Waxing Nostalgic – Charlie

Charlie ad, 1976

I’m waxing nostalgic this winter when it comes to fragrances. That’s because I’m in a bit of a rut, perfume-wise. I spent this past Christmas season trolling Sephora and the department stores in search of a new signature scent. I tried several of the new perfumes that are out there, only to come home from the mall reeking so badly of overpowering, derivative perfumes that I wished I had never spritzed myself with them in the first place. So I decided to look to the past, to the fragrances I grew up with in the Seventies and Eighties.

In my previous post, I reminisced about my love of Revlon’s Jontue, which I wore all through high school. When I bought my new bottle of Jontue, I also bought a bottle of Revlon’s Charlie. I still can recall those groundbreaking commercials for Charlie (“Kinda young, kinda now, Charlie! Kinda free, kinda wow, Charlie!”). Revlon first introduced it in 1973 to represent the independent Seventies woman – the woman who had a job and a family. The Charlie Woman could do it all, but she didn’t hit you over the head with it like the later Enjoli Woman (who could bring home the bacon, fry it up in a pan…) did. Charlie was sassy yet classy, free-spirited yet sophisticated. Too sophisticated, in fact, for me way back then. I didn’t wear Charlie when I was younger (apart from the short-lived and much-missed Charlie Naturals Forest Herbal in 1987), but my mother did. As a kid, I would go to into my parent’s bedroom when my mother wasn’t there and head for the perfume tray on her dresser. I loved to play with her perfumes, sniffing the various fragrances and even spritzing myself with them once in a while. I never got caught, but I’m sure she noticed when I would come downstairs for dinner smelling like Chanel No. 5, Anais Anais, or Charlie. So when I saw the special holiday boxes and gift sets of Charlie at Walgreens and CVS this Christmas, I immediately snatched them up. Like Jontue, Charlie isn’t as widely available as it used to be. I gave Charlie as stocking stuffers this Christmas to all the women in my family. Of course, I kept a couple of boxes for myself. As an adult, I can now appreciate Charlie’s subtle sophistication as it reminds me of my childhood.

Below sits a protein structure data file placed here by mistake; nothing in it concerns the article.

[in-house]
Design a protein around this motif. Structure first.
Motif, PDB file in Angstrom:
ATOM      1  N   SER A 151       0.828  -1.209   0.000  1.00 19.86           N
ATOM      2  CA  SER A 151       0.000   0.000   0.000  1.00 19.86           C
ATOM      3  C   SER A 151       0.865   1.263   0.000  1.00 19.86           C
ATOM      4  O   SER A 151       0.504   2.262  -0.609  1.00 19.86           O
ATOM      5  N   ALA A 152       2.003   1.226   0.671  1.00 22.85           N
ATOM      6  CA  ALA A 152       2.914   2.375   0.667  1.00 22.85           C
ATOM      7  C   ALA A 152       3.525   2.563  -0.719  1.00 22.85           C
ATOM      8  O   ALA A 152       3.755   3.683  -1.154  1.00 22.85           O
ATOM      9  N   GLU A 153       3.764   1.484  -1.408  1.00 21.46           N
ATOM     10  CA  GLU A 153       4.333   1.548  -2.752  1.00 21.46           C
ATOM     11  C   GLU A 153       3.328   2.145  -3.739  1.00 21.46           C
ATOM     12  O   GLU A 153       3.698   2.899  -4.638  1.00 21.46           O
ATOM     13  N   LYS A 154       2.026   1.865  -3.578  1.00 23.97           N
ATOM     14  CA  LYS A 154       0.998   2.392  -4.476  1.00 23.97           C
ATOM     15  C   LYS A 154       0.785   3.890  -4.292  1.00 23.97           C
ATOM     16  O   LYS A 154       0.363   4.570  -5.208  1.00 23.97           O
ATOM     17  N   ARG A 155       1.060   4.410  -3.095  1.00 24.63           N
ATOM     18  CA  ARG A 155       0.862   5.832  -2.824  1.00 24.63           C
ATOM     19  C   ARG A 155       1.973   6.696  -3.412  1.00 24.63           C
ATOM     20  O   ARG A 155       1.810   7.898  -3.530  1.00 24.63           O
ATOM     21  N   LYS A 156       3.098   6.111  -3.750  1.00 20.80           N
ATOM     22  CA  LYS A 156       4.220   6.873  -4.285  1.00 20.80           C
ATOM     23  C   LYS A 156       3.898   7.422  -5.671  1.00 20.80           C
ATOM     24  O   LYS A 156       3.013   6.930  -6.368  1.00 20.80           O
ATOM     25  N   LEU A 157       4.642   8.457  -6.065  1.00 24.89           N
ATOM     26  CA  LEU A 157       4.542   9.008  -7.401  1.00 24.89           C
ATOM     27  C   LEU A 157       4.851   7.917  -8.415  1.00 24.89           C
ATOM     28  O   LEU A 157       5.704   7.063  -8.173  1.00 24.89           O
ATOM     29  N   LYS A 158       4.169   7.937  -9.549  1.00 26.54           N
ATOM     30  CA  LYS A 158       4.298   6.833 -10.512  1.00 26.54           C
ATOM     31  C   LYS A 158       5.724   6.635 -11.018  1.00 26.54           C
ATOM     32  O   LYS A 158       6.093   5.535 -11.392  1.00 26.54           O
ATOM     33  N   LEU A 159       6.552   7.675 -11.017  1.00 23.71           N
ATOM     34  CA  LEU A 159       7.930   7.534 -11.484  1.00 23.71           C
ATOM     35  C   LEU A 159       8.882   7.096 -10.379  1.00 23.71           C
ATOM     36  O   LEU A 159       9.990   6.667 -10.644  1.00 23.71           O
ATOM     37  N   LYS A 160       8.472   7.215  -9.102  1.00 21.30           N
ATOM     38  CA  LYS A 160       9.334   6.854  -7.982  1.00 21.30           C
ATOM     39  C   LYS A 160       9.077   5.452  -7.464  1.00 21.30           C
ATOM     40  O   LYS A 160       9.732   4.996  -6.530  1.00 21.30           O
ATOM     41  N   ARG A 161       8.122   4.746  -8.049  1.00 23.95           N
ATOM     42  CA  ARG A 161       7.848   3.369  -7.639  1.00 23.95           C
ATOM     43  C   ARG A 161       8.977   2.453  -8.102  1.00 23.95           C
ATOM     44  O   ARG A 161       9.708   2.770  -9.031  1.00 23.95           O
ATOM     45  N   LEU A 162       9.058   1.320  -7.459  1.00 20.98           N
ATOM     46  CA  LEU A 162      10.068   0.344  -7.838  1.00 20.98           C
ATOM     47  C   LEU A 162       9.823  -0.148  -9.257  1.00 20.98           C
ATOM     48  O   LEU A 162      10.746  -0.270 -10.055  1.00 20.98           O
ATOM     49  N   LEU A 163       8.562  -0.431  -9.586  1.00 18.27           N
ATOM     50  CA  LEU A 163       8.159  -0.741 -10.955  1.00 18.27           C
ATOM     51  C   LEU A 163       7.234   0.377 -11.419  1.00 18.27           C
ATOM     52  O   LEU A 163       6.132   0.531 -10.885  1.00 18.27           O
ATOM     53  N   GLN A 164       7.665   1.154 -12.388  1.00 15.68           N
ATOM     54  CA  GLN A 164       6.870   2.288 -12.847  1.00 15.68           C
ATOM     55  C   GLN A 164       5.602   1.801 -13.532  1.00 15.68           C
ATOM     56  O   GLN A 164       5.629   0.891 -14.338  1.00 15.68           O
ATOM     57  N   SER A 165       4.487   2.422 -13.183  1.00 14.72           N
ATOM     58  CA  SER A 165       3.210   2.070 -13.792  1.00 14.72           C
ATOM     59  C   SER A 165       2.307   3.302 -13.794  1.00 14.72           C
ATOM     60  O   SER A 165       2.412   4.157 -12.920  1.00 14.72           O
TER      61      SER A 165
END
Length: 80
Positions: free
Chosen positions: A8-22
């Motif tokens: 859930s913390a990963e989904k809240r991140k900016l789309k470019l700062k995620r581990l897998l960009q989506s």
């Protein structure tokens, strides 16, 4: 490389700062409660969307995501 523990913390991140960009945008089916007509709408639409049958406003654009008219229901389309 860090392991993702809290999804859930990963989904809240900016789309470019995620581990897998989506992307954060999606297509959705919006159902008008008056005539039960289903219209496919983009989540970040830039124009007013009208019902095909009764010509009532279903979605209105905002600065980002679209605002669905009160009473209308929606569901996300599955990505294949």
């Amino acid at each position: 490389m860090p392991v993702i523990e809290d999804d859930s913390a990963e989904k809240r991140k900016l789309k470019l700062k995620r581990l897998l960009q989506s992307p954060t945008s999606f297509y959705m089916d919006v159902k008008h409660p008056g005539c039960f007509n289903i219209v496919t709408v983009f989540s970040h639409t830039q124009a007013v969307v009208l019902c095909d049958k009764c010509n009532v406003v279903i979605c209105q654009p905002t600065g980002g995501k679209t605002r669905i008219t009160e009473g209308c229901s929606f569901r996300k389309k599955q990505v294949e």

It’s the 21st century now, and a lot has changed since Charlie was first introduced. Women have been CEOs, entrepreneurs, members of governing bodies, and even heads of state. Charlie has been around long enough to be considered a classic. Its limited availability gives it a certain sense of exclusivity – and makes it a strong contender for that elusive signature fragrance. I can walk down the street in New York or Boston and instantly tell when a woman I pass is wearing “Angel” by Thierry Muglier. But when I went to work last week wearing Charlie, a co-worker asked me “What are you wearing?” And not in a bad way. The fact that Charlie can still turn heads 37 years later attests to its enduring appeal. Would that we all could still turn heads at 37.

Charlie commercial, 1973. It was the first fragrance commercial to feature a woman wearing trousers.

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